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  • Bruce Bennett/Getty Images(PYEONGCHANG, South Korea) -- A Slovenian hockey player has been expelled from the Olympic Games after allegedly testing positive for a banned substance, the international Court of Arbitration for Sport (CAS) said Tuesday.Ziga Jeglic, who played on the Slovenian team that beat Team USA last week, was tested on match day, according to Team Slovenia press officer Brane Dmitrovic.He was told to leave Pyeongchang, South Korea, Tuesday within 24 hours, the CAS said in a statement. Jeglic is the third athlete in the Winter Games who has been accused of doping.CAS, the Switzerland-based body that reviews the evidence in such cases, said it has started an investigation.Kei Saito, a Japanese short-track speed skater, was sent home after allegedly testing positive last week for acetazolamide, a diuretic and masking agent.Russian Aleksandr Krushelnitckii, the bronze medalist in mixed pairs curling, allegedly had meldonium in his blood samples and has also left the games.Meldonium appears to work by inhibiting the synthesis of a substance called carnitine, which the cells in the body need to burn fat to produce energy. The Russians argue that it wouldn’t help them.Published studies say meldonium may be effective in treating heart ailments, strokes, diabetes and Alzheimer’s disease, as well as in improving people’s moods. But some experts said the evidence for such claims was scant and that it was not even clear whether the drug improves athletic performance.Krushelnitsky, in a statement published on the Russian Curling Federation’s website, said he has never used any banned substances in his career."I can declare openly that never have I used banned substances or resorted to any other unsportsmanlike methods over the time I have been in sport," Krushelnitsky wrote.The Russian National Committee is banned from the Pyeongchang games because of widespread, systematic doping during the Sochi 2014 Winter Olympics. Only athletes who were viewed to have not participated in any doping scheme were invited to attend these Olympics after careful vetting.They participate under a neutral banner, the Olympic Athletes from Russia (OAR). If Krushnelnitckii is found to have purposefully taken the drug to enhance his performance, it could jeopardize Russia’s efforts to be reinstated into the Olympic family.The Russian Olympic Committee (ROC) today said it will launch a comprehensive investigation into the incident to establish the details. “The concentration of meldonium found in the sample indicates that it was a single dose of the drug, which is not used for medical purposes, and it is absolutely meaningless from the point of view of achieving any therapeutic effect on the human body,” the ROC said in a statement.Krushelnitckii, who trained in Japan before arriving in South Korea for the competition, has reportedly told officials that somebody must have laced his food or drink with the banned substance. Meldonium has been a banned substance for athletes in competitions since 2016.The International Olympic Committee (IOC) has declined to comment on the ongoing investigation until it is complete, but said the new strict procedures will catch violators.“It is always disappointing when these things happen, but it shows the systems are working here,” IOC spokesman Mark Adams said. The Russian Curling Federation is fully backing its curler’s claim of innocence and rallying to show support for the OAR curling squad."Today, practically all members of the Russian Curling Federation are flying to Pyeongchang to attend the CAS session,” Dmitry Svishchev, President of the Russia Curling Federation, told Russian news agency TASS. “We cannot leave these guys all alone in this situation." CAS has indicated it will release its ruling on Krushelnitckii by Thursday. The Olympic closing ceremonies will take place Sunday when the Russian athletes hope they will be allowed to ma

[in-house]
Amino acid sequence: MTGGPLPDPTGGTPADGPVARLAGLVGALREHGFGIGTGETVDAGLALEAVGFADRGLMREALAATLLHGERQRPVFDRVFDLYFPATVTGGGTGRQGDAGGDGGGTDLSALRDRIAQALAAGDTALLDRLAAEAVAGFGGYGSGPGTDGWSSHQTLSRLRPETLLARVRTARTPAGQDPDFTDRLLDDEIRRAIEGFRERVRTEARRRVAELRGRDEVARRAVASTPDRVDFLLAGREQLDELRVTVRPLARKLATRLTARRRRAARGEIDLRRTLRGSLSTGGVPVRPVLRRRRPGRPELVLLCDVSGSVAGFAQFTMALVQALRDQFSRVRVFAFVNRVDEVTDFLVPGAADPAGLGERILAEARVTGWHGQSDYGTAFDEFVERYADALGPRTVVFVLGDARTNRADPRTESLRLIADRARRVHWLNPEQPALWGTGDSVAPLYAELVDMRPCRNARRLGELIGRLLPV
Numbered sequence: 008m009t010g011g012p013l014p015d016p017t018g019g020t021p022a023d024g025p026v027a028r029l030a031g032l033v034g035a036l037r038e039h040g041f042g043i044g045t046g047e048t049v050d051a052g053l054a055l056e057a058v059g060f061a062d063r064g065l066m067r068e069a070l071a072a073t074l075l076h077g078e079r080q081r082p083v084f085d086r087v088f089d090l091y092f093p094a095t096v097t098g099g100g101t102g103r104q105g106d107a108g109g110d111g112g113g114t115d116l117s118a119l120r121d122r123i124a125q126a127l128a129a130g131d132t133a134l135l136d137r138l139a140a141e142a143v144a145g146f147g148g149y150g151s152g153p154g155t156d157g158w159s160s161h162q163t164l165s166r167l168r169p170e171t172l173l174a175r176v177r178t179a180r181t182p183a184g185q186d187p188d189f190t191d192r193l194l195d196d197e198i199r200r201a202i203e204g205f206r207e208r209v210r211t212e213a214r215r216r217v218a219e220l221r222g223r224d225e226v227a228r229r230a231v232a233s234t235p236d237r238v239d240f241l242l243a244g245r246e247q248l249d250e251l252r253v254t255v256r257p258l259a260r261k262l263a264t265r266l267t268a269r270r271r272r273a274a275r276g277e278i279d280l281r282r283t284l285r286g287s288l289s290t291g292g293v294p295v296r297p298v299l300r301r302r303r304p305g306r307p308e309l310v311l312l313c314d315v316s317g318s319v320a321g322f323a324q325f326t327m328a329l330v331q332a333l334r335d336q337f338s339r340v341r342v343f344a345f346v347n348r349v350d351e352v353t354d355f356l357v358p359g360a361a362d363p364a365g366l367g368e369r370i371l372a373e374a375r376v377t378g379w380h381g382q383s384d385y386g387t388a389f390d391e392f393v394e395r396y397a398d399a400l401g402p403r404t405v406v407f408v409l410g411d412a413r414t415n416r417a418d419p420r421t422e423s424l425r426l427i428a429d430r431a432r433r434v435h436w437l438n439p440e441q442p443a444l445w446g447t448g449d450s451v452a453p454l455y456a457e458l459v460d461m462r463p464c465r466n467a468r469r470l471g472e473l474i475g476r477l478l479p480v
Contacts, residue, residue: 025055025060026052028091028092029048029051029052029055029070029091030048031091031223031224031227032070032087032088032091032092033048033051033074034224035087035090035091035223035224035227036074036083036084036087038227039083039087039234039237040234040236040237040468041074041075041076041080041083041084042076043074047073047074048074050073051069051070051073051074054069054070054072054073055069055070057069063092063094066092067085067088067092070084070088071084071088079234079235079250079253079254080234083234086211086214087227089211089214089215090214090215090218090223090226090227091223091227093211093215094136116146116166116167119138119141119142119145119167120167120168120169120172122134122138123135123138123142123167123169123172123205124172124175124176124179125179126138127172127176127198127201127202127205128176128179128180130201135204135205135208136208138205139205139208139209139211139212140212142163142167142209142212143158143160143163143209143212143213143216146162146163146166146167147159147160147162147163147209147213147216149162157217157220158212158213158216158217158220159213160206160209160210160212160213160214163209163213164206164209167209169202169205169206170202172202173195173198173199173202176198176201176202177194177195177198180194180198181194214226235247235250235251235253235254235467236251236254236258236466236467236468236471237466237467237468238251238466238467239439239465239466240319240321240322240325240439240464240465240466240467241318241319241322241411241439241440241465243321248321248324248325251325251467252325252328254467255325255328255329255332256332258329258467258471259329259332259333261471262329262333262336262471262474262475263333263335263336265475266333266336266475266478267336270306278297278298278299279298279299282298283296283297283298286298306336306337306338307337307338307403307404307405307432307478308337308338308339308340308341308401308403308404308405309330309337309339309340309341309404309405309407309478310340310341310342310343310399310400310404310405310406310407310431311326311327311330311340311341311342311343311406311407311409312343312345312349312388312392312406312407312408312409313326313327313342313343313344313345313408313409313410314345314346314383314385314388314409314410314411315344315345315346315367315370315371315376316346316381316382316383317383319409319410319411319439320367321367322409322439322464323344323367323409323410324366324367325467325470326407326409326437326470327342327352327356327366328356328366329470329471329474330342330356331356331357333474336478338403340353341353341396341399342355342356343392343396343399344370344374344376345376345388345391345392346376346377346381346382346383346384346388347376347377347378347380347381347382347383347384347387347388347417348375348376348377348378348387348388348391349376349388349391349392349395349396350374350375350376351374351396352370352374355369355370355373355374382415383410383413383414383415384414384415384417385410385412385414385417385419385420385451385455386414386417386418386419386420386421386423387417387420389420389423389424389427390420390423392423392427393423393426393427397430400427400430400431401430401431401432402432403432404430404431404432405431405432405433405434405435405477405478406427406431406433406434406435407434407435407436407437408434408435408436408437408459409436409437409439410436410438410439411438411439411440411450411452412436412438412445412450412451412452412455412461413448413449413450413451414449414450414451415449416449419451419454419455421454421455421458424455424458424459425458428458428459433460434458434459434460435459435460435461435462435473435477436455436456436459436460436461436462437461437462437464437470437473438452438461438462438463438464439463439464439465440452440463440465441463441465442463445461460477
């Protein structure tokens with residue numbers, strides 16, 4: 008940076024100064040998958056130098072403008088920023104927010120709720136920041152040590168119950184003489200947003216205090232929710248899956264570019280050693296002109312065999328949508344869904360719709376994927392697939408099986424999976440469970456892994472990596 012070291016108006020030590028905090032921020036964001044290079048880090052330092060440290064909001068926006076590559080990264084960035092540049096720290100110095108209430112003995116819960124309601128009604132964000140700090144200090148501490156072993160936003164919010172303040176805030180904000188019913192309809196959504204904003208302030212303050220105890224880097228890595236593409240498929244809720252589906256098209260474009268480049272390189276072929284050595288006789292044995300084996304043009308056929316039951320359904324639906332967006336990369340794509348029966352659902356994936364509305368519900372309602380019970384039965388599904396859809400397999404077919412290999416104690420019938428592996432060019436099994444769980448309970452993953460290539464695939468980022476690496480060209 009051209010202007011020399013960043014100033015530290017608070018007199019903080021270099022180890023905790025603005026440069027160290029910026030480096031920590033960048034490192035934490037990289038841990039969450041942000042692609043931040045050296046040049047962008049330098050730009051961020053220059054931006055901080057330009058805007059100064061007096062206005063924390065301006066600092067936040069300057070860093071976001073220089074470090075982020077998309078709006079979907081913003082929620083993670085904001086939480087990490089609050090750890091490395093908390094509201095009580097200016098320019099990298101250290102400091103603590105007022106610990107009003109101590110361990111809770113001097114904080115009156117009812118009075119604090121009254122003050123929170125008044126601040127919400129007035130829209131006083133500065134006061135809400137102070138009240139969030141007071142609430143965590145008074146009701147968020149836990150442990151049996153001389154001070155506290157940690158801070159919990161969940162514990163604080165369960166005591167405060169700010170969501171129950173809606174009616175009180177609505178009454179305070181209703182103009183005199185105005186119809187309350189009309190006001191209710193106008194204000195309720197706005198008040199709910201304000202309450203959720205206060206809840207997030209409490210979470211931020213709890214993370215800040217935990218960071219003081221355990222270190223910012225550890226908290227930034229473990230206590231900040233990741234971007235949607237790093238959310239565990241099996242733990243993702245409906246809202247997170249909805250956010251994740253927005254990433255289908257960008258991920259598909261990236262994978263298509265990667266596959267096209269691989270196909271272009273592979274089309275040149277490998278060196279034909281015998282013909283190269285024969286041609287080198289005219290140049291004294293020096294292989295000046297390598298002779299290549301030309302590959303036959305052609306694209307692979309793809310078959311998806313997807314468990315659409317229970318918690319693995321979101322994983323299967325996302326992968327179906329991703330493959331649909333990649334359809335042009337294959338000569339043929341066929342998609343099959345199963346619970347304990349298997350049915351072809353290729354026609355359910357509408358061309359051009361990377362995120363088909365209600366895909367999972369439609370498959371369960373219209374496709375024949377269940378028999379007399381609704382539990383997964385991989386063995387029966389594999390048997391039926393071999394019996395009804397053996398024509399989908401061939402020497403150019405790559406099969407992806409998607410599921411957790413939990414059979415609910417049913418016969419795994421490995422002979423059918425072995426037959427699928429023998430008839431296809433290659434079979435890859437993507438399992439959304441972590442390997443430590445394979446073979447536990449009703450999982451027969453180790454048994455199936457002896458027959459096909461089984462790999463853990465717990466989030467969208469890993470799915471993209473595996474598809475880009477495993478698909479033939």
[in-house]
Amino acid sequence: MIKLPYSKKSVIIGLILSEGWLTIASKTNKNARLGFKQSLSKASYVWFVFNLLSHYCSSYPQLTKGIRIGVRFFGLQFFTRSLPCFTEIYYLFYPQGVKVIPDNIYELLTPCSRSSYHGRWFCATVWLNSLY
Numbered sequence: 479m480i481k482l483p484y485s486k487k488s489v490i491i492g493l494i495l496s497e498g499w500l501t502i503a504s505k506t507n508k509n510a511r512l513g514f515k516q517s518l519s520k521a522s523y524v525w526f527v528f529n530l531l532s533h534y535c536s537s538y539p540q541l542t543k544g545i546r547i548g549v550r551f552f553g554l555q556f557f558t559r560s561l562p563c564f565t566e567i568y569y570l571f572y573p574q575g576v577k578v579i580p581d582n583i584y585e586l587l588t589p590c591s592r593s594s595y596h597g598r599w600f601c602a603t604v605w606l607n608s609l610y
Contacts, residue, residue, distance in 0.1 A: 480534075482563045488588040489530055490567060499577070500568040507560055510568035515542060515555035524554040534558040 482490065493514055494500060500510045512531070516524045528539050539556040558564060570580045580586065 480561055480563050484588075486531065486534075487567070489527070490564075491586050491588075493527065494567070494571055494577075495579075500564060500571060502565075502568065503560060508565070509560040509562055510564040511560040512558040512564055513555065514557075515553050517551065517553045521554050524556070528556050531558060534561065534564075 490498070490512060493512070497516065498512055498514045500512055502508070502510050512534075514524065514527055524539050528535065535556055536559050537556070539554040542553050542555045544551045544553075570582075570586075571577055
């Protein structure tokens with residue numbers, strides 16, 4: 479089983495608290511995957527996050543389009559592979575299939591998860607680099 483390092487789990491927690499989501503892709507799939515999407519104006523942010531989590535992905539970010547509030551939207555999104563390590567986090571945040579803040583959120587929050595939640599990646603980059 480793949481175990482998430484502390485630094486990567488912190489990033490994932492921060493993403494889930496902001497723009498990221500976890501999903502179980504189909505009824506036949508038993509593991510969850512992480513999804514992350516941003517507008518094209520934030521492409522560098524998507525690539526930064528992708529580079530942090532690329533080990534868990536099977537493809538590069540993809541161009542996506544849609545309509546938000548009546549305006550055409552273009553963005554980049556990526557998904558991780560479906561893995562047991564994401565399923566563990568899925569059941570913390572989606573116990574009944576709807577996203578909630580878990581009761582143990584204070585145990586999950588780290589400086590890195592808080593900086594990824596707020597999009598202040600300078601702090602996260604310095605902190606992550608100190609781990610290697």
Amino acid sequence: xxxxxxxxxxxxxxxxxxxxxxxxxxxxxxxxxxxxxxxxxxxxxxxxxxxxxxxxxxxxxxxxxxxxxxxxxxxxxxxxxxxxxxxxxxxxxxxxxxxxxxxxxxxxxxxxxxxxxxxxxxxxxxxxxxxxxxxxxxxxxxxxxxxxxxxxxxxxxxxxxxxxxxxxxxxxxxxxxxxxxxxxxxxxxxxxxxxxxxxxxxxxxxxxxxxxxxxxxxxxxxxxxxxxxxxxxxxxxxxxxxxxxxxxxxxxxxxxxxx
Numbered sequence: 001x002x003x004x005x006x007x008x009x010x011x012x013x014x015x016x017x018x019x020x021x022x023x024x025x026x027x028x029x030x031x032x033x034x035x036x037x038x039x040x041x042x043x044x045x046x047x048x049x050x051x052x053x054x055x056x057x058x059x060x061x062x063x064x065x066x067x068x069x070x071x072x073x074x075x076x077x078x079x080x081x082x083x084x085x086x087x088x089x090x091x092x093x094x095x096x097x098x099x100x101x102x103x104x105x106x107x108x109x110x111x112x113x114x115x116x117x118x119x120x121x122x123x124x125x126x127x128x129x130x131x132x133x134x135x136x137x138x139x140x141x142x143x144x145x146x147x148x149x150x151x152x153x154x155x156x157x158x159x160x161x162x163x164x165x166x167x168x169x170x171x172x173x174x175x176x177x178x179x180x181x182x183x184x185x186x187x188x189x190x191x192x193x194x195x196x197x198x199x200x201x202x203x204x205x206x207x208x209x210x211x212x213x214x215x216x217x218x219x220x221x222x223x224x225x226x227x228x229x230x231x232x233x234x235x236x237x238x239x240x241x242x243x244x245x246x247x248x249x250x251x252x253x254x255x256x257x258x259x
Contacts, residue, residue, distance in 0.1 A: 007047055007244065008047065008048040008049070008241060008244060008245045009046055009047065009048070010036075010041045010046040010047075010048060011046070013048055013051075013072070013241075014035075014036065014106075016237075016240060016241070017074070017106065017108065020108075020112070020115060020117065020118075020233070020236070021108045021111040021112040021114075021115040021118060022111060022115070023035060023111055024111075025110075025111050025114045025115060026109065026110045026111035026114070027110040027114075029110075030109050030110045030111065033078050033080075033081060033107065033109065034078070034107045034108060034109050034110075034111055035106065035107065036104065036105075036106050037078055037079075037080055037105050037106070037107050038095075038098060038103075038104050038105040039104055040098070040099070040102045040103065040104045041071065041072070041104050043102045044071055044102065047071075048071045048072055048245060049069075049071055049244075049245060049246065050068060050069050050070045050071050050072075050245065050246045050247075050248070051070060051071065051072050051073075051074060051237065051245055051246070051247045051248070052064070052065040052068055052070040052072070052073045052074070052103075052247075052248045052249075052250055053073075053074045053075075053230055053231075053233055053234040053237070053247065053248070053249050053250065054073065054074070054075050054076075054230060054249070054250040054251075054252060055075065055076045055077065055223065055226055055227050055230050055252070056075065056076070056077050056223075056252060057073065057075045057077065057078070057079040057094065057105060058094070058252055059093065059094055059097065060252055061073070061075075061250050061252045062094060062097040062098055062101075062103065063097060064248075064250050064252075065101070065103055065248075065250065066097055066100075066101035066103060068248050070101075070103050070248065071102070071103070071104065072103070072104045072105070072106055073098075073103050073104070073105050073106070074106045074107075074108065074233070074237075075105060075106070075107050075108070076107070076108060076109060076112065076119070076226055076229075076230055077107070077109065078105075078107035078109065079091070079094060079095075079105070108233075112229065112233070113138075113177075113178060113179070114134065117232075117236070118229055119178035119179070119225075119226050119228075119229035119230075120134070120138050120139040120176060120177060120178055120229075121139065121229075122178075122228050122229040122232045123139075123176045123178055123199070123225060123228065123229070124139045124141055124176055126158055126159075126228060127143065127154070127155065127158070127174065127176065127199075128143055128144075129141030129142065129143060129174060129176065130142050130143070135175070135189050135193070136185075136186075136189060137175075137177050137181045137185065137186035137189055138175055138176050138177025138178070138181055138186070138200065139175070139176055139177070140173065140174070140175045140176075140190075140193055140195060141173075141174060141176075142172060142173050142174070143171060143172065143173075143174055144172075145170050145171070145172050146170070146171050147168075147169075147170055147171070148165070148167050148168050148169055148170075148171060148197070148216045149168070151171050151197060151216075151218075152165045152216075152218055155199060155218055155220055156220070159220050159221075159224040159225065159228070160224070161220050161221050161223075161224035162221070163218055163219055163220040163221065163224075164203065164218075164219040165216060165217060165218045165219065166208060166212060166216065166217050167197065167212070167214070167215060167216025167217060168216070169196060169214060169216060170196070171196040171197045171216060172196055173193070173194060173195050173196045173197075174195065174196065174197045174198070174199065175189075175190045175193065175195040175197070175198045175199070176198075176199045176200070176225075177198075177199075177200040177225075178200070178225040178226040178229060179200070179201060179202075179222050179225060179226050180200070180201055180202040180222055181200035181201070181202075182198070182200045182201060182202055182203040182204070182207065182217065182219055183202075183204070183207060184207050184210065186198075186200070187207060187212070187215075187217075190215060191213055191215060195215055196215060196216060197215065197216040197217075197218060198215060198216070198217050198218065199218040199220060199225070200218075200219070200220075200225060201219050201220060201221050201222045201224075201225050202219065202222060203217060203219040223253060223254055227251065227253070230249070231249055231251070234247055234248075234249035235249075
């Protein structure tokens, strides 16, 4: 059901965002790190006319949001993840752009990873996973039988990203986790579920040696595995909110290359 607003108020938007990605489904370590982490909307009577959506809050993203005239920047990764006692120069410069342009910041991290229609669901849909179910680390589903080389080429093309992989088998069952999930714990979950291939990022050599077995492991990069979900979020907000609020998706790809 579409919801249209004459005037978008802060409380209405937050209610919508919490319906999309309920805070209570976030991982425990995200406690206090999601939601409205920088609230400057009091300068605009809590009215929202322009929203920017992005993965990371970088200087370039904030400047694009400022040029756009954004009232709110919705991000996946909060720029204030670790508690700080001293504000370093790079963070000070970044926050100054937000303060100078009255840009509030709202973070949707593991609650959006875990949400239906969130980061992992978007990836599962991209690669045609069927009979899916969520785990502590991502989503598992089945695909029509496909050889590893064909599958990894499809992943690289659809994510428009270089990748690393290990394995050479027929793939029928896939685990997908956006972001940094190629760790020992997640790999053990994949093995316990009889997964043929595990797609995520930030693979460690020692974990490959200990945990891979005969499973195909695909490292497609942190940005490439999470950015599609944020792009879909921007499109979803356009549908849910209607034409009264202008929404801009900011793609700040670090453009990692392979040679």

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  • (PYEONGCHANG, South Korea) -- Now that snowboarder Chloe Kim has won a gold medal at the U.S. 2018 Olympics, the 17-year-old Californian would like to go back to just being a normal teenager."I will try to go to prom, find me a boy," she told ABC News' Amy Robach.Kim, who won the halfpipe snowboarding competition in Pyeongchang, South Korea, earlier this week, has already sacrificed many events in her young life."I missed out on a few proms, homecomings, might miss my graduation," she said, adding that she'd do it all over again if she could. "I wouldn’t want it any other way...it’s worth it."Kim described to Robach the thrill of competing at the Olympics."I think the scariest part is learning a new trick and the first runs, I was pretty nervous my first run but after that, I was like, 'Eh,'" Kim said."I think the cool thing about snowboarding is that everyone has their own style," she added.Kim also talked about the support of her family."I didn’t know my grandmother was going to be there...I think she was stoked," she said. "She was jumping up and down...she was so cute and I am glad she was able to watch."Kim was excited to share her win with her parents."I don’t think I made many sacrifices myself but my parents have," Kim said. "If anything, I feel like they’ve given up so much for me and this is [the] least I could do, ‘Look, guys, I made it!'"Kim’s parents emigrated from South Korea to California in the 1980s. As a Korean American competing in Pyeongchang, Kim had fans not only from the U.S. but fans from South Korea as well who embraced Kim as their own.When asked what makes South Korea special, Kim said: “Everyone is super down with like anything here. Like every cool trend is here."Back home, Kim loves Beyonce, Kpop, shopping, potato chips and binge watches "Riverdale." She also has a celebrity crush on “Riverdale” actor KJ Apa.Her guilty pleasure is sweets, and she can't go anywhere with her lip balm.Kim also enjoys changing her hair color. When she was 13 years old, Kim made a bet with her mom that if she made podium at her contest, she could dye her hair.Kim earned third place and got her wish. Since then, she has changed her hair color from pink, purple, blue and now blonde hair."I told my mom I wanted to do silver and she said 'No,'" she said.Now Kim wants to go back and spend time with her dog."I want to go home because my dog is at home and I’d do anything for my dog," she said.And Kim also wants to catch up on some much-needed rest."I think and it will be nice just chill a little bit," Kim said. "I’m probably going to be hibernating for however many days in my room sleeping. Wake up to eat, go back to sleep. That sounds very nice."